It's Lighter When the Sun Shines





The meer trees cast no coolness were you go.

Your small feet press no smallness into the grass.

I know your mourn of days, and mourn I know.

All hues beneath the ground are bare grayness.


When I was young, I might have touched your hair,

Gestured my warning, how that fire will gray,

Slight arms and delicate hands fall heavier,

And pale feet hasten to a dark delay.


Now old, I love you slowly, through my sound.

Lightly alive, you cannot mourn for trees.

You cannot care how grass, about the ground,

Gathers to mold you shadow's quick caress.


Heavy for you, I hear the futile speech

Of air in trees, of shadows in your hair.

Quick to go by me now, beyond my reach,

You pause. With darkness deepening everywhere,


Something of light falls, pitiful and kind.

Something of love forgot the dark embrace

Of evening, where the lover's eyes go blind

With dreaming on the hollows of your face.


James Wright








     She has set the table, and brought to perfection in her mind what her

lover, seated opposite her, will answer softly in a little while, looking in her

face. This food is like the reed of an oboe.

      Under the table now, her naked ankles caress her lover’s warmth, while

voices which she does not hear, compliments her. The beam of the lamp

tangles, weaves her voluptuous distraction.

     Far away a bed lies patient and trembling in the exile of its fragrant covers,

like a mountain lake that will never be abandoned.


René Char, translated by James Wright






It's Lighter When the Sun Shines, My Mother's Vision


Certain, there were dark days in the room

with the two walls of windows, the sunroom we called it,

where the tv filled the emptinesses

so we didn't have to talk, where we lived our life


in fear of you, but so familiar was it, that we knew no better.

Nor did you. We may as well have been

on tv, playing roles, we were very good at it.

Then, something changed. Perhaps it was the politics,


a change in social consciousness, an awareness

that dawned organically, and it was shocking to find

so much damage had been done for so long, to so many,

while no one was watching, a great societal shudder


passed amongst us, even into our little sunlit room.

We changed, all of us, you as well, we've gave you credit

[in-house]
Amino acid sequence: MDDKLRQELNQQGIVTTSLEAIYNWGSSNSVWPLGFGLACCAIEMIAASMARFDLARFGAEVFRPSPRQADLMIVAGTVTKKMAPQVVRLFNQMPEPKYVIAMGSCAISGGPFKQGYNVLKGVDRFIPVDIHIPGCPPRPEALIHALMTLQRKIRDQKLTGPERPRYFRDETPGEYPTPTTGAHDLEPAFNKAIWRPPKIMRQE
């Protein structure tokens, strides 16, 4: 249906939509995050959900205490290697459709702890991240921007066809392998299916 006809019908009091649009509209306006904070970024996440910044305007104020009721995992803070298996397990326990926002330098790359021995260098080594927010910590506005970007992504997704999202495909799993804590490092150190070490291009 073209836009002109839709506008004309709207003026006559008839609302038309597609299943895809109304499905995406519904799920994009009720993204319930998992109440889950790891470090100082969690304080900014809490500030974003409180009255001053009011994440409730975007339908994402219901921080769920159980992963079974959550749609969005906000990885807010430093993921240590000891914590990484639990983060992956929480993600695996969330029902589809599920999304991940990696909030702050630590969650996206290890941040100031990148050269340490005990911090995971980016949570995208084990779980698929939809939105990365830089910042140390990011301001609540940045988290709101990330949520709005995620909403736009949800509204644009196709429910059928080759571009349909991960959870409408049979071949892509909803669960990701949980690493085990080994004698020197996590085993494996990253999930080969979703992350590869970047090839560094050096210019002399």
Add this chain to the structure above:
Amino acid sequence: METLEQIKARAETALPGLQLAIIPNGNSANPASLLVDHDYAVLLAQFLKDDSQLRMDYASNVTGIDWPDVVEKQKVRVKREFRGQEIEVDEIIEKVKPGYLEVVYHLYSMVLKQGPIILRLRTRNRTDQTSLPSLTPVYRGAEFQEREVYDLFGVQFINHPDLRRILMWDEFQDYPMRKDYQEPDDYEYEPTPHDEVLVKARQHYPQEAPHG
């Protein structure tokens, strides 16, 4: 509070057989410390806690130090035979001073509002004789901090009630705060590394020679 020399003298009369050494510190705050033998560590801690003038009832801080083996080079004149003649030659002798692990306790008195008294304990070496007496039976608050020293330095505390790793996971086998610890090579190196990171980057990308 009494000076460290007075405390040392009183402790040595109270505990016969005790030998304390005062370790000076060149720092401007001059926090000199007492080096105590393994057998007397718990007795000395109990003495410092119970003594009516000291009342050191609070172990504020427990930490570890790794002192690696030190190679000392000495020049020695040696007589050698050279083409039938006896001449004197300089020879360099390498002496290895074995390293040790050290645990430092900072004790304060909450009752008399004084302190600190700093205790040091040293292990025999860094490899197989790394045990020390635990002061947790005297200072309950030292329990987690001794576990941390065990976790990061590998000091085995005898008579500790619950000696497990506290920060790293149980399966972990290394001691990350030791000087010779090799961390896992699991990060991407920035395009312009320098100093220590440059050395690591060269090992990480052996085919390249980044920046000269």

for that while blaming you for too much, for our own faults,

more than you deserved. Once the blame started to fall,


it was hard to stop. When I was little, and still innocent,

I loved coming into that sunlit room in the late afternoon

when you came home from work, and though you were terrifying,

you had yet to terrify me, and to be in your presence


was to be in the presence of something greater

than teachers and crushes. You were a presence, and maybe

you had yet to feel your own demons, yet to be consumed,

yet to unleash whatever it was that turned you so ugly.


I think I remember the room clearly, but I don't.

The titles of books are indistinct, but the labels are clear —

Martini & Rossi, Gordons, J & B, Smirnoff; and mom,

a pretending presence, knitting relentlessly.


I have to write of this in the past tense. The room

may still be there, but we are not. You are not.

So many bad things happened, so many sad memories

seem to have begun in that room.


I think of this only because of something I read today.

I haven't thought it, or you, in a long time. I wish

we had had more sense, all of us. It didn't have to be

so hard. We made it so, and you were young, and scared.





Poetry by one trick pony The PoetBay support member heart!
Read 477 times
Written on 2015-03-21 at 05:45

dott Save as a bookmark (requires login)
dott Write a comment (requires login)
dott Send as email (requires login)
dott Print text

I knew you would find something in James Wright that resonates.

Your elegy is beautiful and never crosses that fine and indistinct line into maudlin memories or pathos. I think this subject is one of the most difficult things we can write about and write well . . . in childhood we haven't the words for it, and as adults we no longer think as children and come to it by the long path of the past, all our experiences along the way that necessarily shape now what happened then. I think if you were to revisit this years from now you would write something not different but in a different way, through the lens of a perspective focused from an angle not realized before. Both would be true.